Supporting Reproductive Rights – Abortion and Ugandan Adolescents

Oct 13th, 2021 | By | Category: Reproductive Rights/Women's Rights

By Joshua Mirondo, youth writer for Transition Earth.

[Photo: Unsplash/Photo by Reproductive Health Supplies Coaltion]

[Photo: Unsplash/Photo by Reproductive Health Supplies Coaltion]

Ugandan law prohibits abortion unless performed by a licensed medical doctor and a situation where a woman’s life is at risk. According to research by Alexander Kagaha & Lenore Manderson called Power, policy and abortion care in Uganda,unsafe abortion practices remain the major contributor to maternal death in the country. This hinders the achievement of universal health coverage and the quality of maternal health care. Little research has been made in relation to abortion, however; it is estimated that over 250,000 illegal abortions are performed in Uganda on an annual basis. It is also said to be one of the most common causes of maternal death in the nation.  Supporting the reproductive rights and health of youth is vital for healthy people and communities.

A Reproductive Health Service Provider’s Perspective

A conversation with Lindah Birungi, a service provider at Reproductive Health Uganda on World Safe Abortion Day.

“I have observed that abortions are mostly done by young people, you hear of very few adults.”  Young people, mostly teenagers, conceive while still in school. As they often have to contend with strict parents, abortion is the only way to save their reputations, they cannot afford not to look “spoilt” before the communities where they come from. For many of them, the pregnancy is accidental.

Young people do not have appropriate information on sexual and reproductive health; they usually get it from peers or untrusted sources. They therefore end up seeking abortion services from unskilled people. What happens is some abortions end up being fatal or resulting in serious health conditions, not to mention the effects on their mental health. In the long run, unsafe abortion affects their fertility. In many cases, the short-term effects are very dreadful.

How can society mitigate occurrences of abortion?

It must start with parents; they should be friends with their children and talk freely about Sexual and Reproductive Health (SRH).  They must also prioritise and value the girl child. When a girl gets pregnant it shouldn’t be like she has committed a crime; they should instead support her. Talking about SRH can help to reduce abortion.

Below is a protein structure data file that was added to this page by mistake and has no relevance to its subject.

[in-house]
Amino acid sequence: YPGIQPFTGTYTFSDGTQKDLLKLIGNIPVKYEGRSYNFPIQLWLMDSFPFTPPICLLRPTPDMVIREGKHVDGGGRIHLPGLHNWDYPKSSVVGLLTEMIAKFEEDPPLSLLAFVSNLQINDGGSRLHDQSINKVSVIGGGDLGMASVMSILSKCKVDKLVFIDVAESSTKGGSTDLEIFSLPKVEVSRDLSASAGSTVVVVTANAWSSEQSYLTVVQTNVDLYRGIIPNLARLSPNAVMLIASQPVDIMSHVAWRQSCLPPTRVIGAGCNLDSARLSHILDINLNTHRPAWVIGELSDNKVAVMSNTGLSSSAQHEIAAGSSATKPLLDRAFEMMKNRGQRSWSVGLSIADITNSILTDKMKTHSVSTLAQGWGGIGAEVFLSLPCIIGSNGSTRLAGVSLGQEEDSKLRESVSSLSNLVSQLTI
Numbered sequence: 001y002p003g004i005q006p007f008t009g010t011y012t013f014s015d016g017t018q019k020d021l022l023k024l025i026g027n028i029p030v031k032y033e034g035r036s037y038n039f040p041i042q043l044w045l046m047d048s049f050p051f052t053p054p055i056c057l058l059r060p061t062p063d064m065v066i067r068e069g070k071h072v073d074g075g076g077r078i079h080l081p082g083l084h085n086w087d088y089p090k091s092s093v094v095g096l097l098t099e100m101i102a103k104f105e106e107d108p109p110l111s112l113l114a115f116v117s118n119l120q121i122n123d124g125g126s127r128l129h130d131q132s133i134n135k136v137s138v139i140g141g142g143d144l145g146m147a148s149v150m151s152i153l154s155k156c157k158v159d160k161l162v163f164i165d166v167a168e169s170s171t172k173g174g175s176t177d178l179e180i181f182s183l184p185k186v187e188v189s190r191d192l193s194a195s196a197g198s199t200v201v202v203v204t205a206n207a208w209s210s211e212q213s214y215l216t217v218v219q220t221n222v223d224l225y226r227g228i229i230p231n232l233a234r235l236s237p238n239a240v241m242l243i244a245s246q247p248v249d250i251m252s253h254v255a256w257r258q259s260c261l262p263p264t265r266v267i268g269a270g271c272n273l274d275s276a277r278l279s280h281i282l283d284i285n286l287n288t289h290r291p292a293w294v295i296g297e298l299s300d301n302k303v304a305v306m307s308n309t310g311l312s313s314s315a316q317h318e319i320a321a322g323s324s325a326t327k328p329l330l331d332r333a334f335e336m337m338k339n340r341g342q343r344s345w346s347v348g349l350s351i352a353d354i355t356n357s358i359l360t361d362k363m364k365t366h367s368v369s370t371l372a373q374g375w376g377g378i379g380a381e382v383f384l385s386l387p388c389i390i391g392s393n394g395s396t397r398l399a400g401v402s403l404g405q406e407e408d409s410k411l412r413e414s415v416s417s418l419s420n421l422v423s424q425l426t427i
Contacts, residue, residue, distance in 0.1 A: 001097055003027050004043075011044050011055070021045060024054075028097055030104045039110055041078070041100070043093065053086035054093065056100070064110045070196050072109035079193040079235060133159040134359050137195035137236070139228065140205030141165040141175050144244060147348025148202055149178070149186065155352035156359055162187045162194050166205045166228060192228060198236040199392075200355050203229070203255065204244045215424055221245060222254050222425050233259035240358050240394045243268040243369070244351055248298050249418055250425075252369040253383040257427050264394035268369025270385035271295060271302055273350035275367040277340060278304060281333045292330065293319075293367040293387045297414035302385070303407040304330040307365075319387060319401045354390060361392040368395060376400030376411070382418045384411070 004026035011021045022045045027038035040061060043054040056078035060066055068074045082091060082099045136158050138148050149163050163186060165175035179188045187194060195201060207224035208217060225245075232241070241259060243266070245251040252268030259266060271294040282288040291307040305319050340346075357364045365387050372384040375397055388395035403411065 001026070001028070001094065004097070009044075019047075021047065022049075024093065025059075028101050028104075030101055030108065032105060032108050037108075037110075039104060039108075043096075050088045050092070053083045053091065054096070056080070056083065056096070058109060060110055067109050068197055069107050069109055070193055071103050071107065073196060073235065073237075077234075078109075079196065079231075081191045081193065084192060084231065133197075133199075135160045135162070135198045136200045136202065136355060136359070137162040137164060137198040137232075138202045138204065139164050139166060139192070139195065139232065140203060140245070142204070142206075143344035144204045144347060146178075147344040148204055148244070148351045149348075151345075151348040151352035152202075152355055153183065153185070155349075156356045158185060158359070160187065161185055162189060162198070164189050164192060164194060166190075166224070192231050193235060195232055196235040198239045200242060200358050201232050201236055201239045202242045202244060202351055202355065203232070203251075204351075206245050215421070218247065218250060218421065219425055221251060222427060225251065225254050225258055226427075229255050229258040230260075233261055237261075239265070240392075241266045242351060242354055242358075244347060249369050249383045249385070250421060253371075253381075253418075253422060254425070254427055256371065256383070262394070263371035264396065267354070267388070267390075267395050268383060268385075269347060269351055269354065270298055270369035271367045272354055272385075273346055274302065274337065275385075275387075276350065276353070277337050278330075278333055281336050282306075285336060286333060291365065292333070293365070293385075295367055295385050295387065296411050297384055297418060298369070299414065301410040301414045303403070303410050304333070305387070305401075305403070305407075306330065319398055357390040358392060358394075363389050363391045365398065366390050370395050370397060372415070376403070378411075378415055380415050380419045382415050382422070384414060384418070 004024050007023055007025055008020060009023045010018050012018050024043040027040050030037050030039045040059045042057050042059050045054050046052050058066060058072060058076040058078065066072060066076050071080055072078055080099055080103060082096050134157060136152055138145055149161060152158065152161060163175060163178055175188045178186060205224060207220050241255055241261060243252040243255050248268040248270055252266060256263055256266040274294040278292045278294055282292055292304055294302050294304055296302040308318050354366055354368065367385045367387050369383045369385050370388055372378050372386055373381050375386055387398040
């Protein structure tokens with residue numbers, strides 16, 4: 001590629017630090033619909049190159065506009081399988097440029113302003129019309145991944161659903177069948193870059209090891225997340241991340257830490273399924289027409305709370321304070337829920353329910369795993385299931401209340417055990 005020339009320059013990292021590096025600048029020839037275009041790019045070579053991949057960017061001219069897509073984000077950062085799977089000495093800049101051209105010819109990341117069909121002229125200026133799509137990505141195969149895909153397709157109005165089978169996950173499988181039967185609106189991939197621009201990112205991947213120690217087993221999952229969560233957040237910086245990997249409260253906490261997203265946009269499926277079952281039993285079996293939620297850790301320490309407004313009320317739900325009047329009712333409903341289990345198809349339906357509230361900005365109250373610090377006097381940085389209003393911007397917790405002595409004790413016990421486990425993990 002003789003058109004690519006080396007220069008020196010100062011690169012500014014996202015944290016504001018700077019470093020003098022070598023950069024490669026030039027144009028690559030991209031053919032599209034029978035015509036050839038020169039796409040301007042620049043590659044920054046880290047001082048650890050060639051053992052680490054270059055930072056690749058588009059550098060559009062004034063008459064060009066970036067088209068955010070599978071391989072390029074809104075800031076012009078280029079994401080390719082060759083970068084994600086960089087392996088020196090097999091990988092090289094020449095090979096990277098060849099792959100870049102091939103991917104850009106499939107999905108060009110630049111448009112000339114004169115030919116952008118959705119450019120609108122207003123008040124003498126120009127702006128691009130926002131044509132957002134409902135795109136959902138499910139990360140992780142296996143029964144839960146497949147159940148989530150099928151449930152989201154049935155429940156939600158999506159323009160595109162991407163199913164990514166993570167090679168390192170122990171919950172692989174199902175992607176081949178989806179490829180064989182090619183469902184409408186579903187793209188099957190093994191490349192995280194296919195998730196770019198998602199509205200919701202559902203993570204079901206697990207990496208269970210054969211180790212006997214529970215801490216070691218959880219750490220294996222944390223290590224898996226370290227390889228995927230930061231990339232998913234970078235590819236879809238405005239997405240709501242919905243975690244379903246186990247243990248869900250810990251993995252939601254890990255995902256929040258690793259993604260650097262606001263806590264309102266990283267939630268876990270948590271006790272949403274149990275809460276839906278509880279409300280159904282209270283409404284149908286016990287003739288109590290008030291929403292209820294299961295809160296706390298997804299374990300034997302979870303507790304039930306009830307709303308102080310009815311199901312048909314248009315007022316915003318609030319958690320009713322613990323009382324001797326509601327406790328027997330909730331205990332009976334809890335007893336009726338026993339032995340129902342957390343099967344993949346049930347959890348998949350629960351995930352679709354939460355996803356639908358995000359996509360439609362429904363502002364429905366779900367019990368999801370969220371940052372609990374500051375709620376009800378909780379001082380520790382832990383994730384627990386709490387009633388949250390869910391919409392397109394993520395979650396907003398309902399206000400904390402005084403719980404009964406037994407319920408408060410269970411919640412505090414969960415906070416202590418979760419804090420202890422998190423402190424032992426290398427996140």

Unintended pregnancies should be avoided. Young people should abstain, but in case they can’t do without sex they should seek advice from health workers on how to use contraceptives. Young people can also be advised to engage in extra-curricular activities like sports, music, dance, and drama to keep them occupied so as not to engage in risky sexual behaviours.”

Emphasis should also be put on talking to boys about reproductive health issues in schools, churches, or other community gatherings. This will help to address their attitudes and create room for dialogue where young boys can freely talk about how girls can avoid unsafe abortions.

The Legal Framework

Abortion is illegal in Uganda but allowed in specific medical circumstances. Health of the mother is prioritized, when the woman has pre-existing conditions such as HIV or cervical cancer or special cases like rape, sexual violence, and incest (according to the Ugandan Ministry of Health’s 2006 National Policy Guidelines and Service Standards for Sexual and Reproductive Health and Rights).

Role of medical workers

Our duty as a health worker is to sensitize communities on Sexual and Reproductive Health. For those who have gone through an unsafe abortion, we should have positive and supportive attitudes towards them. We should also sensitize and provide services to them, especially post abortion care.

It is important for health workers to understand what legalities of abortion means. This can put them in a position to sensitize communities and some of their clients on the policies and circumstances through which abortion can be carried.

A Win for Youth

When Sexual and Reproductive Health is prioritized in society it’s a win for young men and women. This means they have access to information that enables them to make informed choices and reduces their involvement in risky sexual behaviours that result into unintended pregnancies and unsafe abortions. Prioritizing SRH also means young people will have safe spaces where they can freely express themselves without being judged. This therefore encourages them to consult providers about SRH issues and more easily obtain contraceptives, as well as help their peers with information regarding SRH.


Joshua Mirondo is a digital marketer, blogger, photographer and volunteer at Reproductive Health Uganda.  

Tags: , , ,

Leave a Comment

You must be logged in to post a comment.